Story and Photo by Connor Burnard / Contributing Writer
On Thursday afternoon, the MTSU Department of Engineering Technology held student poster and project presentations at the Nissan Training Center in Smyrna.
The presentations included senior projects that are required to graduate, as well as underclassmen class projects.
Walter Boles, the Chair of the Department of Engineering Technology, said that the presentations are a good way for students to bring attention to their work.
“The students can showcase their senior projects, they can have other students and people outside as well as inside the university see their work, give them a sense of pride. I think it publicizes what our students can do in our department, and I’m very proud of them,” Boles said.
Brian Slaboch, a mechatronics engineering lecturer, said that the event brought the separate areas of engineering together to gain exposure in a professional environment.
“Today, you’re seeing the engineering technology open house, which is where we see all the different projects from mechatronics, electromechanical engineering technology, computer engineering technology and all the different sub-departments inside of the engineering technology department,” Slaboch said. “Students get to practice their presenting skills and interact with future colleagues and employees in a real-world environment.”
Carol Boraiko, a professor in the Department of Engineering Technology, also said that the presentations are a great way for students to prepare for a professional setting after graduation.
“They get to show off what they can do, they get to practice talking to people, they get to make sure it actually works,” Boraiko said. “It’s great practice to build things and make sure it works and to explain it.”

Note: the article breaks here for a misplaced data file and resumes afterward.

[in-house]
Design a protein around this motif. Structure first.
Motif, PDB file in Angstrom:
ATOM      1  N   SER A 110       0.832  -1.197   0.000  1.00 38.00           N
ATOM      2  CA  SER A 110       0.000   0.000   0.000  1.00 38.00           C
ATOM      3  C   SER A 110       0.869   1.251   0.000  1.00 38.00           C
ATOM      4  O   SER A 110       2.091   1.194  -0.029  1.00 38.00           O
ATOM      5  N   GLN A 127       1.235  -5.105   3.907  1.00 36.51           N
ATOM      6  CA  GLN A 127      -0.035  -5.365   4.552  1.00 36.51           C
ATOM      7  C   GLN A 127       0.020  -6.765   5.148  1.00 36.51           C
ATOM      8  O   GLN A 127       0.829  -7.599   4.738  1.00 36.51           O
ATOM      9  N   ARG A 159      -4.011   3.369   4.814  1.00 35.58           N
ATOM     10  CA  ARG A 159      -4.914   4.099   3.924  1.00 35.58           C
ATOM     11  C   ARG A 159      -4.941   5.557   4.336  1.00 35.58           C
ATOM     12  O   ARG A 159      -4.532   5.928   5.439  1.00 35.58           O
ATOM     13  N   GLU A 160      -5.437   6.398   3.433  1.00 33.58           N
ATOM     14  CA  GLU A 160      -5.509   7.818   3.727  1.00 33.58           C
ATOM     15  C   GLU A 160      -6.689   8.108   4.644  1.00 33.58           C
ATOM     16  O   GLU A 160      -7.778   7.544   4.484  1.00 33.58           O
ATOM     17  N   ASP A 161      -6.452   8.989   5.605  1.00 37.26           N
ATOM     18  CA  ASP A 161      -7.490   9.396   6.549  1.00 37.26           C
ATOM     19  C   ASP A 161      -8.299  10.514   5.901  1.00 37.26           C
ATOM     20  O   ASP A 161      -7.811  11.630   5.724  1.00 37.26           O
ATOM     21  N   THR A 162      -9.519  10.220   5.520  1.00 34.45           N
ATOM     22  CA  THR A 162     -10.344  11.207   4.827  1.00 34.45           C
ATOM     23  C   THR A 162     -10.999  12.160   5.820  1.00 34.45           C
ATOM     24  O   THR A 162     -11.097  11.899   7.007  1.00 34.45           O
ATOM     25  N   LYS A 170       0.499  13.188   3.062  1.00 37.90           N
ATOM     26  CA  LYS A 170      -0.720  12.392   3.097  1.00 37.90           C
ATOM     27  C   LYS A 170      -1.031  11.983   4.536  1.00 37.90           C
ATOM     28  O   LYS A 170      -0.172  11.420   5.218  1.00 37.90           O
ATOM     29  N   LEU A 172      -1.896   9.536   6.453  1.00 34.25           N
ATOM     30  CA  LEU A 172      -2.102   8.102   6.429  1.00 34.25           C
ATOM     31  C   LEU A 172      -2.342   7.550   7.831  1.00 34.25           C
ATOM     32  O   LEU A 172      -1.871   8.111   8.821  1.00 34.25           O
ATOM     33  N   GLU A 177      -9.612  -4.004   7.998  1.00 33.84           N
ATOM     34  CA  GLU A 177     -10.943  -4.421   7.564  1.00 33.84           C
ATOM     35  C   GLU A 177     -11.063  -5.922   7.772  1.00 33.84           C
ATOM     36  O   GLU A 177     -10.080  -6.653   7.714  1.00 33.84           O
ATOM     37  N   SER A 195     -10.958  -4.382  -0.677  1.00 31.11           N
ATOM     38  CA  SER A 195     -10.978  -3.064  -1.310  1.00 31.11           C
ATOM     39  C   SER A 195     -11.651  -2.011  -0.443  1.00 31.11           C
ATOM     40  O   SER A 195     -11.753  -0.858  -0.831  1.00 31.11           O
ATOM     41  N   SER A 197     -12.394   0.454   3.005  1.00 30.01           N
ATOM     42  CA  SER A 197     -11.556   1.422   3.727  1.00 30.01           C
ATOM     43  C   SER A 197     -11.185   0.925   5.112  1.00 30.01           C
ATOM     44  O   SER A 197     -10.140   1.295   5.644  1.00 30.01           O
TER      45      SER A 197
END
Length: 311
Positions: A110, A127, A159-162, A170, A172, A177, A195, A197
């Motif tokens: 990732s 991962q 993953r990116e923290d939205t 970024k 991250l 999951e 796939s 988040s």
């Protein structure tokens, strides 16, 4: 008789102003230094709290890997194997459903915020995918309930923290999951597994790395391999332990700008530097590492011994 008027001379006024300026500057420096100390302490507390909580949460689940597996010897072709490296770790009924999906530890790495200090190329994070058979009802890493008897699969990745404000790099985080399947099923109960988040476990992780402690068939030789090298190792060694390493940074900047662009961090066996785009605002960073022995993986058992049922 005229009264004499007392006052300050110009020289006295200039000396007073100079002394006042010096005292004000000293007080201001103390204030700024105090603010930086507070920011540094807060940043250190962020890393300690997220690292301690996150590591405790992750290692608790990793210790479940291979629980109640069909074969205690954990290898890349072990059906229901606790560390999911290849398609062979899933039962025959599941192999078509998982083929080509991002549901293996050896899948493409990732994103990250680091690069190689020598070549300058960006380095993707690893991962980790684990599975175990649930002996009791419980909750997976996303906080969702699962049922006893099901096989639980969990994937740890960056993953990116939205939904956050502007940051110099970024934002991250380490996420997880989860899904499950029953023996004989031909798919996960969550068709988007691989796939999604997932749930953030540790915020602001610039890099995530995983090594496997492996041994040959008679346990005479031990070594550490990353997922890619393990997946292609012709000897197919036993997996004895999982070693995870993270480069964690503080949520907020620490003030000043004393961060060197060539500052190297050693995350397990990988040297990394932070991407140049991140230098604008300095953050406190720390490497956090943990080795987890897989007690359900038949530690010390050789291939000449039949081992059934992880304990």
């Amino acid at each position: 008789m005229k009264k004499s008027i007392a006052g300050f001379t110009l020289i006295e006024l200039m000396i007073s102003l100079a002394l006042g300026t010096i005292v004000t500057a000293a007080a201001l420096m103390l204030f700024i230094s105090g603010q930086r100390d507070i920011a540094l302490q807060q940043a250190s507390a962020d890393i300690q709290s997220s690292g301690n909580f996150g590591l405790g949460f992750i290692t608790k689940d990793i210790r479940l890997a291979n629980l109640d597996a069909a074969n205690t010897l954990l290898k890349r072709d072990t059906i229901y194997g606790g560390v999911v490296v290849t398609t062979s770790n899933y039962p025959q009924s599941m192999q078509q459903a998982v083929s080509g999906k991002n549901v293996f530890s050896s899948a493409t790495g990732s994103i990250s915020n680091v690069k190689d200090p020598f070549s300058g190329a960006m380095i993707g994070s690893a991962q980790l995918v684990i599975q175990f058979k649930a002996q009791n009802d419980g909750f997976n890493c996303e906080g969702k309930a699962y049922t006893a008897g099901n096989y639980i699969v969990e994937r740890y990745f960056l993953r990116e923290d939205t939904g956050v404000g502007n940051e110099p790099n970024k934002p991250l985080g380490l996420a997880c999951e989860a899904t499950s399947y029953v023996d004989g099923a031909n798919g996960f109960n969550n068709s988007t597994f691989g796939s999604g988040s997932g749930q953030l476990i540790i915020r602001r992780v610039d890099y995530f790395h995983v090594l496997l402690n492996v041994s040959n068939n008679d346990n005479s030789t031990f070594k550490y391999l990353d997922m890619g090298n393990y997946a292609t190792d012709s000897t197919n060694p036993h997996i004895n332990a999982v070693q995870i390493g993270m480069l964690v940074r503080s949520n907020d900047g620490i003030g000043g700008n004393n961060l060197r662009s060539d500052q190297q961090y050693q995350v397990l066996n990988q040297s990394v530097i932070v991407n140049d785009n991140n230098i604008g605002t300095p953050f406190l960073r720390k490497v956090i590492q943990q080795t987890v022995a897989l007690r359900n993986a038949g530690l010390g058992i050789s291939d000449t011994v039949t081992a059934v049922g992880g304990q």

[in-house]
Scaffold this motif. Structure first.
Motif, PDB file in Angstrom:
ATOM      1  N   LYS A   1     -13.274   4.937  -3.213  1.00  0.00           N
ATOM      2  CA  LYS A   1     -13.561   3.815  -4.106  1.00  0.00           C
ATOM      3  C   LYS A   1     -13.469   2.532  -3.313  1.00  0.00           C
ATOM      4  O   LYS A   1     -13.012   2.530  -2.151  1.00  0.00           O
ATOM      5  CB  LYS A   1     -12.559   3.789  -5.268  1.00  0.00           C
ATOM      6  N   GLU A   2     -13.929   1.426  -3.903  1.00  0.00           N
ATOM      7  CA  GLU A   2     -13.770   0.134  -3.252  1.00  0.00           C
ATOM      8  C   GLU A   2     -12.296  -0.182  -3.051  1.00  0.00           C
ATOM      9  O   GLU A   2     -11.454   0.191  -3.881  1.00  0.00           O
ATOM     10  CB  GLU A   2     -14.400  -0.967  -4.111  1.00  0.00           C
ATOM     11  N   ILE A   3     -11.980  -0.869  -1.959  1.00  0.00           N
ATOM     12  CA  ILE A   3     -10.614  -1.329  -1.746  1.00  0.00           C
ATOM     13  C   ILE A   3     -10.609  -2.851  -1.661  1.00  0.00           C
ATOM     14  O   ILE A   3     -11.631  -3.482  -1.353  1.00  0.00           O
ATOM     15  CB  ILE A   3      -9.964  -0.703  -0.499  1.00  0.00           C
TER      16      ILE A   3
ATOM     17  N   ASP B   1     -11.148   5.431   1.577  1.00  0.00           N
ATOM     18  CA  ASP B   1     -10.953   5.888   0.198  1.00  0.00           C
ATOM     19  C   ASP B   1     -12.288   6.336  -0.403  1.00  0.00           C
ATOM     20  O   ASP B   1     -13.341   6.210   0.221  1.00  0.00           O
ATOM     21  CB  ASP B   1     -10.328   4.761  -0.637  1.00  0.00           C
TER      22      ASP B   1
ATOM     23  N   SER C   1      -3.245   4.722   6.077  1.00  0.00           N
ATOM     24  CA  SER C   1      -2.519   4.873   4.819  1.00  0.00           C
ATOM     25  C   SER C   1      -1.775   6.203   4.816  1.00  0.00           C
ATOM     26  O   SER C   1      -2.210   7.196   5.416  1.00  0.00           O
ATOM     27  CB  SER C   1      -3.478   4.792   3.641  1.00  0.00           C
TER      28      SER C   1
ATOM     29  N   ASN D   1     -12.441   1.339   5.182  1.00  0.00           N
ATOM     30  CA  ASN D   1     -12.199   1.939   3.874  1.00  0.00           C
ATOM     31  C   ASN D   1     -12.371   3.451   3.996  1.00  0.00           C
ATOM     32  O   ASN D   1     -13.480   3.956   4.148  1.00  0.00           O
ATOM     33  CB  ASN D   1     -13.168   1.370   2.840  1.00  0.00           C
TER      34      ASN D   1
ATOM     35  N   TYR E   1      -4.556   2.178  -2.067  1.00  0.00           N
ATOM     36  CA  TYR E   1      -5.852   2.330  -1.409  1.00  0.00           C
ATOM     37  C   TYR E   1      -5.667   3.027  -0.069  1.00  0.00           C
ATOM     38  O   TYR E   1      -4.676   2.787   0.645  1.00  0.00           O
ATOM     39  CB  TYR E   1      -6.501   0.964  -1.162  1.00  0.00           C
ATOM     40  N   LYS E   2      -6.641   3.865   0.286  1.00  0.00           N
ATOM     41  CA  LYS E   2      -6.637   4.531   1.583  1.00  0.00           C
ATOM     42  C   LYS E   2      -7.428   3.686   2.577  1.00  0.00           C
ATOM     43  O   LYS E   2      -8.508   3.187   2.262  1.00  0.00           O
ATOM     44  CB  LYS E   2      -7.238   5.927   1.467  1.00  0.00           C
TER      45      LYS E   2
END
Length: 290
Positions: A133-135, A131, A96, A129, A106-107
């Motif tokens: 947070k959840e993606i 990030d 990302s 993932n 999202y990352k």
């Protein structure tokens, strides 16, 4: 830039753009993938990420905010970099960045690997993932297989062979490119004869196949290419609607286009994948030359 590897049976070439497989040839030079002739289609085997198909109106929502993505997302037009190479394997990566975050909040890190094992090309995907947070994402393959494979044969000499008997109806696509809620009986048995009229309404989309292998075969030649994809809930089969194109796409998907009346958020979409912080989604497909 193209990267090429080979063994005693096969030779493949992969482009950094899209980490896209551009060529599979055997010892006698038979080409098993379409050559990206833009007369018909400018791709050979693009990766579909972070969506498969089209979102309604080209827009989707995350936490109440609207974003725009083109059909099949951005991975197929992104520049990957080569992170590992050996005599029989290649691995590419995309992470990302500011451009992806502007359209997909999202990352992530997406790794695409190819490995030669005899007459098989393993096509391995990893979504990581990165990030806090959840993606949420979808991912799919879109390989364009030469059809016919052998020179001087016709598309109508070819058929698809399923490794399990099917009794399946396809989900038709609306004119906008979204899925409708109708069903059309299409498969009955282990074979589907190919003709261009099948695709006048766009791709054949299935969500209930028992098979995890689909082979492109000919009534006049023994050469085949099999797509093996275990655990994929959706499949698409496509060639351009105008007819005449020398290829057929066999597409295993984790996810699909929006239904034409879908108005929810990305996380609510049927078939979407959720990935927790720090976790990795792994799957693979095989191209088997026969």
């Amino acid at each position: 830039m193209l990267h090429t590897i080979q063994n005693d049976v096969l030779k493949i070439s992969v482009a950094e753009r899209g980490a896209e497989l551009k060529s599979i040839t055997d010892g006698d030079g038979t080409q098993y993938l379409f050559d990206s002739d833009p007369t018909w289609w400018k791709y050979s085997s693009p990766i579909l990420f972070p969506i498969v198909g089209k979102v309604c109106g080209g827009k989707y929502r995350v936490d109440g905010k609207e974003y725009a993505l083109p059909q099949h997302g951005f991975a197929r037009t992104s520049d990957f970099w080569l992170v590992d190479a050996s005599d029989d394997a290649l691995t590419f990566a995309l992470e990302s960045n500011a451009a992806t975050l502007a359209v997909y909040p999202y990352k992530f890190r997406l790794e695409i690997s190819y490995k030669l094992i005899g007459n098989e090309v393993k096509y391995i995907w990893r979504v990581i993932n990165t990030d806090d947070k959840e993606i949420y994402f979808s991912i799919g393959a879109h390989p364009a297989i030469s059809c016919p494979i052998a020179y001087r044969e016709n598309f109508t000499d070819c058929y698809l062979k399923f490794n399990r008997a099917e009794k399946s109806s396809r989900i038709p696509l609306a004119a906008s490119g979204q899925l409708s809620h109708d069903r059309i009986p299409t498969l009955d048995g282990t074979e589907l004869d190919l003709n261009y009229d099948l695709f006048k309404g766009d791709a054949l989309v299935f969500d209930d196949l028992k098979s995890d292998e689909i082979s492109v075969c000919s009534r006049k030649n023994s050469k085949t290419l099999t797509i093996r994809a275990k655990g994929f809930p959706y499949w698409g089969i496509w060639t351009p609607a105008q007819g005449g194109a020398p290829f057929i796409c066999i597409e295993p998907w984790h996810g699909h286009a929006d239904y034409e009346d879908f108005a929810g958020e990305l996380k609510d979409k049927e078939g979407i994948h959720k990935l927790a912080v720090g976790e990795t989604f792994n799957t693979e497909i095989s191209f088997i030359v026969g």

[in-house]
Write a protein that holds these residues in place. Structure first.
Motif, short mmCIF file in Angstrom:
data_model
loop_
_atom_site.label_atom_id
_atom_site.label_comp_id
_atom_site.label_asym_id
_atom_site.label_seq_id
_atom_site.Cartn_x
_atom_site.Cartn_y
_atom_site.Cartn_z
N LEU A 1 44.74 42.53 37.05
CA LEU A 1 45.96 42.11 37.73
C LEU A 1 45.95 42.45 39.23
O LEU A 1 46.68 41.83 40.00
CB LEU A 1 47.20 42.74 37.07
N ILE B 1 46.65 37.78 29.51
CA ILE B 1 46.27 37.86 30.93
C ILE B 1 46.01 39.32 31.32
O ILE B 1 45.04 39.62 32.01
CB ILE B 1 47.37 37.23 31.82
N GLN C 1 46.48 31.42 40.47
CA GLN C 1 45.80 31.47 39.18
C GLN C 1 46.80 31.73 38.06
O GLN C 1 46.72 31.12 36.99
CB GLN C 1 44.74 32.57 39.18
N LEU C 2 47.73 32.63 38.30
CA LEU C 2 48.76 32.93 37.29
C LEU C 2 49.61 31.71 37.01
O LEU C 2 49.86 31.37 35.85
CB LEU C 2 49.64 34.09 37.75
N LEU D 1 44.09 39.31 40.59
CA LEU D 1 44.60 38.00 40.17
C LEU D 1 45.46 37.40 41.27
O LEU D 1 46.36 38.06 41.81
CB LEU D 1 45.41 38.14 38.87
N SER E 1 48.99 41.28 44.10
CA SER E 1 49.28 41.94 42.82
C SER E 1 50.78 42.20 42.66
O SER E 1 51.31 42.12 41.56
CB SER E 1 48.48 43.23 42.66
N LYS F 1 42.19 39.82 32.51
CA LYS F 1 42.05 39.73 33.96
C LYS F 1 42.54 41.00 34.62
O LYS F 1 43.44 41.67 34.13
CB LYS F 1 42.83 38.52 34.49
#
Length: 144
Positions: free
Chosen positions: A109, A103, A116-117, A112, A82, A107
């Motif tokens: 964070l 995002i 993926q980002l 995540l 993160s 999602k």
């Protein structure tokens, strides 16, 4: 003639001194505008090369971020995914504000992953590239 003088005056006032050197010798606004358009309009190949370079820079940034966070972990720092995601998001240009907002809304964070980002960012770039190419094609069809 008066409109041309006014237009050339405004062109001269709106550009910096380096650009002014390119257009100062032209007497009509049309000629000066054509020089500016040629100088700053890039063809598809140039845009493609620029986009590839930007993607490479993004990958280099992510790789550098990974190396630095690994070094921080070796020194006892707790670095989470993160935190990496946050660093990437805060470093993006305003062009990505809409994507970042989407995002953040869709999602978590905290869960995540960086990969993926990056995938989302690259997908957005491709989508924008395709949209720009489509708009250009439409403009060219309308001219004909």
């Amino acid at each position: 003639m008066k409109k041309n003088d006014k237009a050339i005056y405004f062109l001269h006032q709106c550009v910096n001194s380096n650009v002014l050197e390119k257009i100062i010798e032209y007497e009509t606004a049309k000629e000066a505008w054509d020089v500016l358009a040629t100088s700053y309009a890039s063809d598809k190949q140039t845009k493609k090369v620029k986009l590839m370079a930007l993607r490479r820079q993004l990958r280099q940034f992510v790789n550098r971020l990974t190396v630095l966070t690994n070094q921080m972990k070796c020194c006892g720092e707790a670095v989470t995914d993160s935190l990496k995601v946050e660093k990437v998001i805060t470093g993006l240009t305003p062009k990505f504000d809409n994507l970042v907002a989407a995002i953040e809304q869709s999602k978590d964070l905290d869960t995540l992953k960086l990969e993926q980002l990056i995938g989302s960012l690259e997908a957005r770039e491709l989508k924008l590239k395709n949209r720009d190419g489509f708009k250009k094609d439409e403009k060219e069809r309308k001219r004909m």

Among the presenters were Davis Phoxay, Joe Beck, Ayman Yaseen and Mohannad Al Dujaili. All of these presenters were senior mechatronics majors who worked together to create a working autonomous “Mailbot” for their senior project that can retrieve and disburse one’s mail.
“You go through however many years you go through college and you’re learning all these things, all this math, all this coding but you’re not really applying it but for one project for that one thing. But this project literally requires everything we’ve learned through all of college and to put it together all from scratch,” Phoxay said.
For their Introduction to Materials Science and Engineering class, freshman mechatronics majors Deyton Hoefner, Hayim Enrique Juarez Del Moral and William Ben Kelley presented a materials project about steel.
“We give an overview of its properties, its applications and its processing technique overall, and then we also gave a list of industries that have the largest impact in the world of steel,” Moral said.
“Overall, it’s a culmination of everything we’ve learned this semester. Going through class and being able to actually identify each of these properties inside the material, actually knowing what it means, what it does, where it can be used,” said Hoefner.
Another senior presentation was that of senior engineering technology major Billy Vongdara, who presented a biomechanical energy harvester that attaches to one’s body and uses energy from body movements to create energy.
“The idea is to put it on your body and charge batteries or charge your cell phone instead of relying on outlets,” Vongdara said. “Doing this project is a lot more hands-on than just reading a book in class. I learned how to machine stuff, I learned the technology that they’re using in the future. Just a whole lot of knowledge that you can’t learn just in class. It really pushes you.”
Nissan North America invited the Department of Engineering Technology to their Smyrna Training Center to hold the event. Next year’s presentations will likely be held on campus, as they have been in the past, according to Boles.
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